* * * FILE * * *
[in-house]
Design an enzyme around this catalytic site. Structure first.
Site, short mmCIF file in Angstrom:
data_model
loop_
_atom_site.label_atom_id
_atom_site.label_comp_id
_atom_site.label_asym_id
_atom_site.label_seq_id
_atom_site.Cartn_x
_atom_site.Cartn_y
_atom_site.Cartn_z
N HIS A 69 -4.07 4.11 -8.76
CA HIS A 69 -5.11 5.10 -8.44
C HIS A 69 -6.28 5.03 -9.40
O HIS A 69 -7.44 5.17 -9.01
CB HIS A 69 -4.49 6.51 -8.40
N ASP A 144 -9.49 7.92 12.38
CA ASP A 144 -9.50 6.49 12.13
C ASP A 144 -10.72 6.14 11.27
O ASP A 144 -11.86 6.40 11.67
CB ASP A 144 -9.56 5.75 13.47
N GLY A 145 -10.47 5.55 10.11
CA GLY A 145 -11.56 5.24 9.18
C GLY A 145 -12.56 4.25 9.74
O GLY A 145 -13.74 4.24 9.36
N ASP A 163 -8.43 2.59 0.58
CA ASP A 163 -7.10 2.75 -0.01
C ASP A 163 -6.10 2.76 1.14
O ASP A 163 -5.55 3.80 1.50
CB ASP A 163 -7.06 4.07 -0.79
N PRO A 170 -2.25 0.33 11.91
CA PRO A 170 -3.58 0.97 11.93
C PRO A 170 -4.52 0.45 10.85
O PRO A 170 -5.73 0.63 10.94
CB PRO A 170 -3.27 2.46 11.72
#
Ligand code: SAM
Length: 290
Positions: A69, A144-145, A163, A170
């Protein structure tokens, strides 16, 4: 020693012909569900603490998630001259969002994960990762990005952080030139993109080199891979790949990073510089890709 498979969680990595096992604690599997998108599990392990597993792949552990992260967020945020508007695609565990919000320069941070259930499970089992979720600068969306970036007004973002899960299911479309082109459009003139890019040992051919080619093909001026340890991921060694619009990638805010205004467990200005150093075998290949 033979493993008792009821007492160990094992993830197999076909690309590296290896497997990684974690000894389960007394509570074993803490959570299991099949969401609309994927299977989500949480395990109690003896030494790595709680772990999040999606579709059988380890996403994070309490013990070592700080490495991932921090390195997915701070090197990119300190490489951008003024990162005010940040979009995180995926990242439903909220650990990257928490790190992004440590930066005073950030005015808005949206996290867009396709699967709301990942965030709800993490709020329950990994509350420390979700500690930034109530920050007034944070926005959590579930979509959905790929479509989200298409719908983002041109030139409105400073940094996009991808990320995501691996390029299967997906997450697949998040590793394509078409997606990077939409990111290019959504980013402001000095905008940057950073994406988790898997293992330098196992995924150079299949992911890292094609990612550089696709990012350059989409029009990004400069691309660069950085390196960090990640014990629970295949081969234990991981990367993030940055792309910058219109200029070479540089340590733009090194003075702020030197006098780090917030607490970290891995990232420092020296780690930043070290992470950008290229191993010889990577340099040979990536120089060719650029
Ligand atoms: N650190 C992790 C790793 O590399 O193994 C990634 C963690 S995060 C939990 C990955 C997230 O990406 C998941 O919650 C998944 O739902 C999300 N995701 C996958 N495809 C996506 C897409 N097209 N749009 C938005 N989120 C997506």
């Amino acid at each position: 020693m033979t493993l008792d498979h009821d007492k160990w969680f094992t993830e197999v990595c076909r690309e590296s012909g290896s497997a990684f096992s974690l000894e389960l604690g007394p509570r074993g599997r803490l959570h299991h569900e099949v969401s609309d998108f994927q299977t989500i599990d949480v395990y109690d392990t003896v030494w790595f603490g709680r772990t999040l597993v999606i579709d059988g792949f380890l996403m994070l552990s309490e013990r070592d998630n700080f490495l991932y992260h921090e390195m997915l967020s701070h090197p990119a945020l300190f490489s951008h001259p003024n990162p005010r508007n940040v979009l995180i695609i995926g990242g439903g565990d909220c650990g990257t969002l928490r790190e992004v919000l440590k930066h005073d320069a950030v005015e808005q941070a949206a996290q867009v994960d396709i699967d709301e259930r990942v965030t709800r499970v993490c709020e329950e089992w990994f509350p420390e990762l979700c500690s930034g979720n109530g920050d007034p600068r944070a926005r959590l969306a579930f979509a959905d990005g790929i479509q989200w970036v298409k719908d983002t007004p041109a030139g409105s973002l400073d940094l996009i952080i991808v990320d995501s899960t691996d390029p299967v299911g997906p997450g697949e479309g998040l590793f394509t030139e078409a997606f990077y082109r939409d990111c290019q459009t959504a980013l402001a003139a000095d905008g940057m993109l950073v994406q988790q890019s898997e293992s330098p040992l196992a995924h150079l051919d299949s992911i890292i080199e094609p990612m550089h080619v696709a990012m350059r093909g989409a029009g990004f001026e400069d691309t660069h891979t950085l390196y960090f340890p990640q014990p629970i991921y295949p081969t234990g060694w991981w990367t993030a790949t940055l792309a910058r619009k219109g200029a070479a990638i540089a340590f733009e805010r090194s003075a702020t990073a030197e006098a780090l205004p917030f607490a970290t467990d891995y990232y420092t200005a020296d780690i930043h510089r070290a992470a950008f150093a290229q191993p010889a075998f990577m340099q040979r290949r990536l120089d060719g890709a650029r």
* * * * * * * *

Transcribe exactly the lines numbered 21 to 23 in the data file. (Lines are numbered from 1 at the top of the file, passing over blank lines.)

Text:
O ASP A 144 -11.86 6.40 11.67
CB ASP A 144 -9.56 5.75 13.47
N GLY A 145 -10.47 5.55 10.11